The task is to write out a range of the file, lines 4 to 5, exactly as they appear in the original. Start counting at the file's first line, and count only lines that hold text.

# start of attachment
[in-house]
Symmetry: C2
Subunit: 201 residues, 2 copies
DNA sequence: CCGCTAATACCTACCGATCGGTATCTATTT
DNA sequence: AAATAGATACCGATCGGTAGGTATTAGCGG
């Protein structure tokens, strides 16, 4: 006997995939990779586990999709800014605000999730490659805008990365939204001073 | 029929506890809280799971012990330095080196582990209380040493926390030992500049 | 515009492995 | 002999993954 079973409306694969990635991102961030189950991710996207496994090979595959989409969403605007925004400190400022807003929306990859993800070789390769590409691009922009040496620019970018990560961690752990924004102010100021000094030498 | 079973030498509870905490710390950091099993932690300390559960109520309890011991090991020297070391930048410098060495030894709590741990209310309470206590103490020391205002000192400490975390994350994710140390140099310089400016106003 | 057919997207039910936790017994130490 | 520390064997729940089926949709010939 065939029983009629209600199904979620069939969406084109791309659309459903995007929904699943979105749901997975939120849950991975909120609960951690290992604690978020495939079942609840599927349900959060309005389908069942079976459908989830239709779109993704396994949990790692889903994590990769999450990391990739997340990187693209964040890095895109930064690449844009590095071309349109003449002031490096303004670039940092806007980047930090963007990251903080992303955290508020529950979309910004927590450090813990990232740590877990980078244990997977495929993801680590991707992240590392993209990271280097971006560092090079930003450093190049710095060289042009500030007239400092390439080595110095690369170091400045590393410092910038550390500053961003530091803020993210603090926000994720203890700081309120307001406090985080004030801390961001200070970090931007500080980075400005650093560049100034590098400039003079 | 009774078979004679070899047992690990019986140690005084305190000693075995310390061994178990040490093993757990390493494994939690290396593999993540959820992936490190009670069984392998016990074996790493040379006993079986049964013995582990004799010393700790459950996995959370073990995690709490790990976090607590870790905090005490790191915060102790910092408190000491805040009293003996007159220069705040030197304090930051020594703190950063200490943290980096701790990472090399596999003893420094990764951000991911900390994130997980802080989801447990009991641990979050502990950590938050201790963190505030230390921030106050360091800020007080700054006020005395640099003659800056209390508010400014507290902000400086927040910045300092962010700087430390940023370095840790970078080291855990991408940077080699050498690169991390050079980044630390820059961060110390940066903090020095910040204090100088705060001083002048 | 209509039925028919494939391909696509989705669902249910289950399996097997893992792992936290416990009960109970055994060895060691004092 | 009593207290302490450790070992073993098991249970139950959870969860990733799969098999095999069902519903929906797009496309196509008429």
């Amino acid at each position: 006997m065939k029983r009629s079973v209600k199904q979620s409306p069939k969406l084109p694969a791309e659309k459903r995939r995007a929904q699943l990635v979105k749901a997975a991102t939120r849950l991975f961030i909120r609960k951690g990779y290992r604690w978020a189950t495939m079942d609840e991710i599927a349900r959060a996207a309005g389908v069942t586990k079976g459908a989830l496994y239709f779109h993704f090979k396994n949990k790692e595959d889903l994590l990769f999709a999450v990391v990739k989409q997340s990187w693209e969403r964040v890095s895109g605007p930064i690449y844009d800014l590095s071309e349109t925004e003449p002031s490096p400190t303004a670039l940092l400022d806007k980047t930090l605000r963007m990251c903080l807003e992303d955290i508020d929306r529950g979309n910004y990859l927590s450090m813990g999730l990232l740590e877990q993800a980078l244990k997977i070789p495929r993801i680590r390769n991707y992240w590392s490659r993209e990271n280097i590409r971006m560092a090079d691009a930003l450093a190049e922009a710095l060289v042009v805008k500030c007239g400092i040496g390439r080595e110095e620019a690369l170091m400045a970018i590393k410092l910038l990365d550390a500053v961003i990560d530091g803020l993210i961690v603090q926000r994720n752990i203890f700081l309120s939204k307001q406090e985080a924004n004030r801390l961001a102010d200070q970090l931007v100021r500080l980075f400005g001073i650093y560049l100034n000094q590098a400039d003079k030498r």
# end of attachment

DNA sequence: CCGCTAATACCTACCGATCGGTATCTATTT
DNA sequence: AAATAGATACCGATCGGTAGGTATTAGCGG